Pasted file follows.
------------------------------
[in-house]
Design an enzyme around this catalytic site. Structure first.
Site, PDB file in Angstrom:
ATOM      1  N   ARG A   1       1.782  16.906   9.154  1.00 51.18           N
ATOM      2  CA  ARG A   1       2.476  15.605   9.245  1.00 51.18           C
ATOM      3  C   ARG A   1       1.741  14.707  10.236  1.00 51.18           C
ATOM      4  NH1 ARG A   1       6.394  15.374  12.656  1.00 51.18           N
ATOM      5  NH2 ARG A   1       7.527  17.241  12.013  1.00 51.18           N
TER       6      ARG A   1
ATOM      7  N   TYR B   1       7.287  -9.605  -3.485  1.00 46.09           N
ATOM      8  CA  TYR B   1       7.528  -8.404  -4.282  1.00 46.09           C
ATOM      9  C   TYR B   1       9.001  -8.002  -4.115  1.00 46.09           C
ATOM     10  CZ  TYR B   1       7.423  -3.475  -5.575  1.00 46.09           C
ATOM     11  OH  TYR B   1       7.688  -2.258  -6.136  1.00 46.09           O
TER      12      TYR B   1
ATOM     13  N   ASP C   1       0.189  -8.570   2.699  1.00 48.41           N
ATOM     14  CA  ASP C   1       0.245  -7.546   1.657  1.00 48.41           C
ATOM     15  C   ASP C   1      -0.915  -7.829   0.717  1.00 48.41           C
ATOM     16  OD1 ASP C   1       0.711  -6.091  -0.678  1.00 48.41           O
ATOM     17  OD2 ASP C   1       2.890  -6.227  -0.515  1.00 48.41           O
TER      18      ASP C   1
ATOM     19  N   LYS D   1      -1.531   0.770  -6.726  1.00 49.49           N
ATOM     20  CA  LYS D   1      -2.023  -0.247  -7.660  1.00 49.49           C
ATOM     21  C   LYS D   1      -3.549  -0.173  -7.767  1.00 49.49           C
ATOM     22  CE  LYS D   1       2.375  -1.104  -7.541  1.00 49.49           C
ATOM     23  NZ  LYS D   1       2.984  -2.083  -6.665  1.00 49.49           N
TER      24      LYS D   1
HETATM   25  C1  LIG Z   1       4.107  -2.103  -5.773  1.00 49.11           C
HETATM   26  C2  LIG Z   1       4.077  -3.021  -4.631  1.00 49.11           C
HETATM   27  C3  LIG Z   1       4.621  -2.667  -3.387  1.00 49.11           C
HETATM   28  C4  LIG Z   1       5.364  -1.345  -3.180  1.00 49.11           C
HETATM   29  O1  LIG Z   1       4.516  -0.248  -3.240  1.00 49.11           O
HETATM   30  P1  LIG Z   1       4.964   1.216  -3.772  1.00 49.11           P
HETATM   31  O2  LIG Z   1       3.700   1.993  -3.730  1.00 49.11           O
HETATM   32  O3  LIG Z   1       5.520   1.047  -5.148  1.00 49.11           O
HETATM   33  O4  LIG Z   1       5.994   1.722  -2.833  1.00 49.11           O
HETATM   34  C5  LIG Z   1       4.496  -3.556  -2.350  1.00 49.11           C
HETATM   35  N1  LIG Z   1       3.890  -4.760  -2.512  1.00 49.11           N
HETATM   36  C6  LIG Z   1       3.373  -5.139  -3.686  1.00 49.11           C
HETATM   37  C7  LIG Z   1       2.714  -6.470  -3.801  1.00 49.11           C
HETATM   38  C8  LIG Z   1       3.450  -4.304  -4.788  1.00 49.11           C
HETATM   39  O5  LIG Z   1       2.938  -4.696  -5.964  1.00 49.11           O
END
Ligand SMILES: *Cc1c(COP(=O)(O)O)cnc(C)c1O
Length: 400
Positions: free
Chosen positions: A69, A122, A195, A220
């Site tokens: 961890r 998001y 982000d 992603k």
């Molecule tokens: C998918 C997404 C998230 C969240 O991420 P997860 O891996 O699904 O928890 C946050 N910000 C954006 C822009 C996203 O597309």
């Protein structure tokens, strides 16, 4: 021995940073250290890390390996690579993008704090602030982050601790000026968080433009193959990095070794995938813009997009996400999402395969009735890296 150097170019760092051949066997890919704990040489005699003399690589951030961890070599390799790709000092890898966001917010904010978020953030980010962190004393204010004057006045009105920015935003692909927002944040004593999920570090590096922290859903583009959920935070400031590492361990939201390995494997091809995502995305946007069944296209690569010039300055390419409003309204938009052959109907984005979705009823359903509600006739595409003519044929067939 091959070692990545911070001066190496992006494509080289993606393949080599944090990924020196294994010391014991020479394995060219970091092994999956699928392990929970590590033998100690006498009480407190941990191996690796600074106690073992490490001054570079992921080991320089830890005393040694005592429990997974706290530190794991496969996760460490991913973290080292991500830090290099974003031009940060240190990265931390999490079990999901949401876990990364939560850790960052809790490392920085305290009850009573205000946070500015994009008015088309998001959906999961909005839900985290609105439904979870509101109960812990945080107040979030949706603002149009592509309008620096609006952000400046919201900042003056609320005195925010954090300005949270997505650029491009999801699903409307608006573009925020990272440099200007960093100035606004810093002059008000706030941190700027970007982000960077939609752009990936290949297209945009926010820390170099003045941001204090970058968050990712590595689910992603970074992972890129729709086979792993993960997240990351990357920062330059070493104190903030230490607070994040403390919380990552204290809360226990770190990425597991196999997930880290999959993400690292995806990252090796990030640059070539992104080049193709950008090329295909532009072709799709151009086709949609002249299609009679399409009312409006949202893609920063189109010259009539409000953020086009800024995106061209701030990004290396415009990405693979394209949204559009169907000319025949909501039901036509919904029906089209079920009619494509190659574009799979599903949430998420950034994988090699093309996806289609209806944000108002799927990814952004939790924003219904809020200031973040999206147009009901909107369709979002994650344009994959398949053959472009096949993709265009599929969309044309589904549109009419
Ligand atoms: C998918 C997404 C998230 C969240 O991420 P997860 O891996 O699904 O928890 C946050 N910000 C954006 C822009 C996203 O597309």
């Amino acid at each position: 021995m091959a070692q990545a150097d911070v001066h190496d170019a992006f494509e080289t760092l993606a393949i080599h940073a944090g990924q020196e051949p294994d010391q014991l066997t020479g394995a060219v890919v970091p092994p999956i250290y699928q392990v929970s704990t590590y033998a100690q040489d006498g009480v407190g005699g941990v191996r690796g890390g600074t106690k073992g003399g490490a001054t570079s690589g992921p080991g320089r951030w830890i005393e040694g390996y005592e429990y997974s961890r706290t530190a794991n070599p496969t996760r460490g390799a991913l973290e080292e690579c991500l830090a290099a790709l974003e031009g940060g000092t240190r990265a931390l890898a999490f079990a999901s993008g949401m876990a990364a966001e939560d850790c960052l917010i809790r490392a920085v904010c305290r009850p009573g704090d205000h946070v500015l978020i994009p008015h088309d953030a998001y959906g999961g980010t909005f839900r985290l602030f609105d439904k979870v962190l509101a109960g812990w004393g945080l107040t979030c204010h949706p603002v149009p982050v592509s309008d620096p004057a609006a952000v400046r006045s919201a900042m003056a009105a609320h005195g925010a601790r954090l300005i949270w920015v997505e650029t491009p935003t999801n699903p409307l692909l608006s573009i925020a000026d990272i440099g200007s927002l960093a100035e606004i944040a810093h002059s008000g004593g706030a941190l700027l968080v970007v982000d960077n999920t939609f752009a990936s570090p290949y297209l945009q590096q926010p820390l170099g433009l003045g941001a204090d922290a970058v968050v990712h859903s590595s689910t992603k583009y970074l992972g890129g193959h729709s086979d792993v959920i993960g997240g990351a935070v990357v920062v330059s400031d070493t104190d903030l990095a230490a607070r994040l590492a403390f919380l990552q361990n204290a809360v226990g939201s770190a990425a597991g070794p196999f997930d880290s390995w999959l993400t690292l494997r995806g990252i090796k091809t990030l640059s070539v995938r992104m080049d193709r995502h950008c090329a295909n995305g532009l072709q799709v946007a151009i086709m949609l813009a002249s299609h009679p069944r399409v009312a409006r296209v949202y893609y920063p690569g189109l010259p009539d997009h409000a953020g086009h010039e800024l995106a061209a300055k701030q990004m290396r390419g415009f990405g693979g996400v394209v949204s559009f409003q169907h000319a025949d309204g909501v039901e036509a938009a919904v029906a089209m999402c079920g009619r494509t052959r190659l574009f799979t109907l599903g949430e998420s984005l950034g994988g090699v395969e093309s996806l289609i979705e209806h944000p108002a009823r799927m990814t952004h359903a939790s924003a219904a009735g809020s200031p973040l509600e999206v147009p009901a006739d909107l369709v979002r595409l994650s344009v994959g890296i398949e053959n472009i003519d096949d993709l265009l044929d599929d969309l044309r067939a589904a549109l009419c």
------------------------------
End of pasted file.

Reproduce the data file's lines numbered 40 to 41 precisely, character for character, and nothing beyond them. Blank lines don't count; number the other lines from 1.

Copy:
HETATM   37  C7  LIG Z   1       2.714  -6.470  -3.801  1.00 49.11           C
HETATM   38  C8  LIG Z   1       3.450  -4.304  -4.788  1.00 49.11           C